Instead, after a brief period of working on toning down his big leg kick at the plate, Kang became such a dangerous offensive force, he wound up hitting behind Andrew McCutchen for much of the season -- and even finished ninth in the NL in OPS against fastballs (.911).
"I think in spring training, that was what we all kind of thought he was going to be," Mercer says a year later, "that he was going to struggle a little bit with the pitching. But then, as soon as his season started to turn, he absolutely turned it on and blew everybody's expectations out of the water."
A year later, the Pirates have constructed their team in a way that tells you they have exceptional confidence that Kang is going to have a big offensive impact, once he returns. The departure of Pedro Alvarez and Neil Walker has subtracted 43 home runs from an offense that finished 10th in the league in homers last year and eighth in slugging. So Kang, who mashed 40 homers in Korea two years ago, could come in handy on that front.
"All you need to do is see like one or two swings," says second baseman Josh Harrison, "to say, yeah, he's got some pop."
The Pirates' only significant offensive addition was their new converted first baseman, John Jaso. But they have reason to believe a number of hitters in their lineup have legitimate offensive upside, in a multidimensional kind of way. And Kang, in his second year on this side of the Pacific, is right up there with any of them.
"He'll have faced more of the pitchers," Huntington says. "He's a very prepared hitter. And it's one thing to prepare for a pitcher on video. It's another thing to begin to compile your own database.
"I don't even know if there was ever a time where he felt sorry for himself or was down. I know he felt pain. I know he felt sad that he had to leave the team and wasn't able to help us down the stretch. But I've never caught that from him. I've never seen that from him. All he shares with me is that he's going to come back bigger, better and stronger."
Clint Hurdle, Pirates manager, on Jung Ho Kang
"And Kang is in the process of expanding his own database, live and not just on video. He's shown the ability to hit different pitches in different parts of the zone. He's shown the ability to hit the ball a long way. But he's also shown the ability to close down his swing and absolutely battle in an at-bat that required a battle."
In a year in which the Pirates are emphasizing that sort of battling, from the top of their lineup to the bottom, that approach figures to be an excellent fit. But first, of course, Kang needs to get healthy. And even though he's now running and hitting in the cage, he still has weeks of work to do before that word applies.
He had never been seriously injured before, he says. So after five months of diligent rehab, he's ready to announce, cheerfully: "I never want to get another surgery in my life."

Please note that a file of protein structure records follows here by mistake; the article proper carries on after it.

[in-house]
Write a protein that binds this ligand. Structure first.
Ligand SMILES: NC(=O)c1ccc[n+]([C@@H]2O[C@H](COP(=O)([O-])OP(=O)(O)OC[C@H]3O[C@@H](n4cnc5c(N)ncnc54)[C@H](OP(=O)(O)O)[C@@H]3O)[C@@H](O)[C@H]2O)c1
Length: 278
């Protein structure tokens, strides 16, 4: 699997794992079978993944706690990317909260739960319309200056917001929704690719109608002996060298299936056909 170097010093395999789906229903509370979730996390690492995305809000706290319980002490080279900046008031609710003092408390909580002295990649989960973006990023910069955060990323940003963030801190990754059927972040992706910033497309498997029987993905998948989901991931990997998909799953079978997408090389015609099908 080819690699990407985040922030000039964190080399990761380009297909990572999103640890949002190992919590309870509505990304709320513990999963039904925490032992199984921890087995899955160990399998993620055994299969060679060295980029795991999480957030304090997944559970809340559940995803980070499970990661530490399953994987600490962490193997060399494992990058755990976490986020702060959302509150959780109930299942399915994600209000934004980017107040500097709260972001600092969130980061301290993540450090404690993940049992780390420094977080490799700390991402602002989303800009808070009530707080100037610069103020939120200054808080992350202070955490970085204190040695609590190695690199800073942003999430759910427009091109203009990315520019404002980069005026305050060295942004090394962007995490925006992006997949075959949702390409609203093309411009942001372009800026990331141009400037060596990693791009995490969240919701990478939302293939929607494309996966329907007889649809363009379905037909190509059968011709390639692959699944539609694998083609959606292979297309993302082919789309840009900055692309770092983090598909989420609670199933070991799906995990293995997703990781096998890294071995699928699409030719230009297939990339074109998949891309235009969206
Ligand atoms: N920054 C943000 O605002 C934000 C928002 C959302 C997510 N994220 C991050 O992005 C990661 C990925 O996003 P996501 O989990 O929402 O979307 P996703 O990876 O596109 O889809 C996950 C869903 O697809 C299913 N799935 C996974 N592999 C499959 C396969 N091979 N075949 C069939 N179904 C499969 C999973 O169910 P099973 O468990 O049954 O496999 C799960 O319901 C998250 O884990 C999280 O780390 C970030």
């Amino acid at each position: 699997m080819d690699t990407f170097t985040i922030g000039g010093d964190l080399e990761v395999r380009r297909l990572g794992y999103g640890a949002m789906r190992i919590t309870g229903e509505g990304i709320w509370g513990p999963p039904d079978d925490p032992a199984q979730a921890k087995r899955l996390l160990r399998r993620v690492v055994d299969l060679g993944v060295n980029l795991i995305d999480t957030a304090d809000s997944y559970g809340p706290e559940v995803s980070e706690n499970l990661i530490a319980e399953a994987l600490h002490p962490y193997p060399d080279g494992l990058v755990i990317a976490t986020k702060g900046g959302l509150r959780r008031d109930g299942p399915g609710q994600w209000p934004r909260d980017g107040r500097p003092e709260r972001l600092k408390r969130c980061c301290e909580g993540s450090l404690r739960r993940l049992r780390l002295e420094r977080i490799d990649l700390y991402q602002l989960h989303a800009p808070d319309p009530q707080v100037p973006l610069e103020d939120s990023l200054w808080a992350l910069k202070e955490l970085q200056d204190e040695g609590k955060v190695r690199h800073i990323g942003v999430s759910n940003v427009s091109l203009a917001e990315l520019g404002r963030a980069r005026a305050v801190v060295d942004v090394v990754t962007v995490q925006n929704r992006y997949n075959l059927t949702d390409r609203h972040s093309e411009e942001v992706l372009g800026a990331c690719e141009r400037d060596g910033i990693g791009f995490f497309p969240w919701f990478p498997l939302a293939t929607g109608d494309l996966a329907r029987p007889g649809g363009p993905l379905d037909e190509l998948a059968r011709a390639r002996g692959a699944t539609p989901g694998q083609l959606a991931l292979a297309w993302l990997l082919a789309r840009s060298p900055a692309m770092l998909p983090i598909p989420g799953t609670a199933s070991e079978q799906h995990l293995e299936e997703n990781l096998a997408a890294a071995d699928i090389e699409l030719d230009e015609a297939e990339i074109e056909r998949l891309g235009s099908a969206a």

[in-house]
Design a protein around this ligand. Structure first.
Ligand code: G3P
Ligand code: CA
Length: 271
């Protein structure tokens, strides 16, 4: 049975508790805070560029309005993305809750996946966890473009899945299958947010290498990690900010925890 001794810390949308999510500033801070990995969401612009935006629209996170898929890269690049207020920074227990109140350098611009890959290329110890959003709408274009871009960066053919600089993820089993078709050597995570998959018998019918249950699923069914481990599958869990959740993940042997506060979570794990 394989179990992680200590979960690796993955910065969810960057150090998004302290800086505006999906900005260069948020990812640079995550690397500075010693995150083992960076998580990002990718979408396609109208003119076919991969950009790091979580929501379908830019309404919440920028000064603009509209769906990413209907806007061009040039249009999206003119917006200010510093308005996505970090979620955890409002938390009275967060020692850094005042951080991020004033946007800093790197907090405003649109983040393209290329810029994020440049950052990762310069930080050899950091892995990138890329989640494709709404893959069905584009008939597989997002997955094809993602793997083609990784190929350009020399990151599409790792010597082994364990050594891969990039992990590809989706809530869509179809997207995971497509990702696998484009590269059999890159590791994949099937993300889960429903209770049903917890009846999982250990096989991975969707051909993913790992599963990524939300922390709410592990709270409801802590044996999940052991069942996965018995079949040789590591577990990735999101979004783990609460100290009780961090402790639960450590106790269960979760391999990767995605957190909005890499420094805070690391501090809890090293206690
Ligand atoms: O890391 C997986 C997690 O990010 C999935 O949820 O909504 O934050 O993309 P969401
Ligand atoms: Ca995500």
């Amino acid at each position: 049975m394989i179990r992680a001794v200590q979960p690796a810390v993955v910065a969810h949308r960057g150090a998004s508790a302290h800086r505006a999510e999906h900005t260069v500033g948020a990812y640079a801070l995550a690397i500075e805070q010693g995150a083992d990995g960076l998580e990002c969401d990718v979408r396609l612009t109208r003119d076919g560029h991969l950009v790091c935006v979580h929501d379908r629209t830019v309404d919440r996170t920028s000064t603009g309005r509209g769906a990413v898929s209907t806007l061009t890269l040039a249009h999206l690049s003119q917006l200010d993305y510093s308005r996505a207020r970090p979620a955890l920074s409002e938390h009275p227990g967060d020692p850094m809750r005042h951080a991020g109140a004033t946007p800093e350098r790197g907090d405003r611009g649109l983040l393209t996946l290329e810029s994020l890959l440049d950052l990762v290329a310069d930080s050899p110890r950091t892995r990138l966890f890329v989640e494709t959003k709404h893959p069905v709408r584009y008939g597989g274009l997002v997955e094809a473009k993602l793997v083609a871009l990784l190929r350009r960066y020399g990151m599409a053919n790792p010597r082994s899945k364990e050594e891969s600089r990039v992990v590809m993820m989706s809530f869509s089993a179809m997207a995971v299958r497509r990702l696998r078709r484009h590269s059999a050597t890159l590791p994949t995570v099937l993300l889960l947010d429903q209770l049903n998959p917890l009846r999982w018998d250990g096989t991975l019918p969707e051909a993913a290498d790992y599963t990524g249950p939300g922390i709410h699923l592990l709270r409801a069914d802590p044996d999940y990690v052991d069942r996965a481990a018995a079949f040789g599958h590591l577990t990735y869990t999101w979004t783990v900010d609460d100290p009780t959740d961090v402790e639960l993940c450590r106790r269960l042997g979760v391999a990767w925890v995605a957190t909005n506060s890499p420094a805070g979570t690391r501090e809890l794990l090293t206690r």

But he has attacked rehab with a professionalism that has been so eye-popping, Hurdle says he has gotten way too little credit for putting aside the furor over his injury and just bearing down on the long road to recovery.
"He's taken ownership of it," the manager says. "I don't even know if there was ever a time where he felt sorry for himself or was down. I know he felt pain. I know he felt sad that he had to leave the team and wasn't able to help us down the stretch. But I've never caught that from him. I've never seen that from him. All he shares with me is that he's going to come back bigger, better and stronger."
Oh, and one more thing: He's going to come back with a much-improved grasp of English, thanks to hours of Netflix binge watching of good old American TV.
"My favorite is 'Walking Dead,'" he reports, after ripping through the first five seasons. He then provides this review for the marquee: "Exciting."
"I'm watching 'Breaking Bad' now," he reveals next. "Very fun."
And after a moment of reflection, he has one more to add: "There's another show I really enjoyed watching," he says. "'Entourage.' I love Vincent Chase. I just love the character."
And what does he love about it?
"Being positive," Kang says. "Always having a good time with friends. And being loyal."
It's a description, actually, that matches what the people around Kang say about him.
"He's a very positive, very intelligent, very passionate guy, that wants to grow, that wants to get better, that wants to help a team win," his GM says. "And that has been better than we anticipated. Not that we set the bar low. We just weren't quite sure what to expect. We'd done our due diligence. But everything we could have asked for, about his personality, about his intelligence, about the man, he just continues to impress us on a daily basis."
That positivity ought to come in extra handy this spring, especially on the big day when the (cough, cough) "Chase Utley Rule" is announced and Kang's favorite media minds descend to ask him, in two languages, to relive his own role in the evolution of his sport. But somewhere out there will come a better day -- a day when Jung Ho Kang can actually get back to doing what he loves -- playing baseball. It will be that day when he'll know the worst is finally over.
"I don't think it gets easier," he says of the season that lies ahead, then flashes that magic smile one more time. "Just another chapter."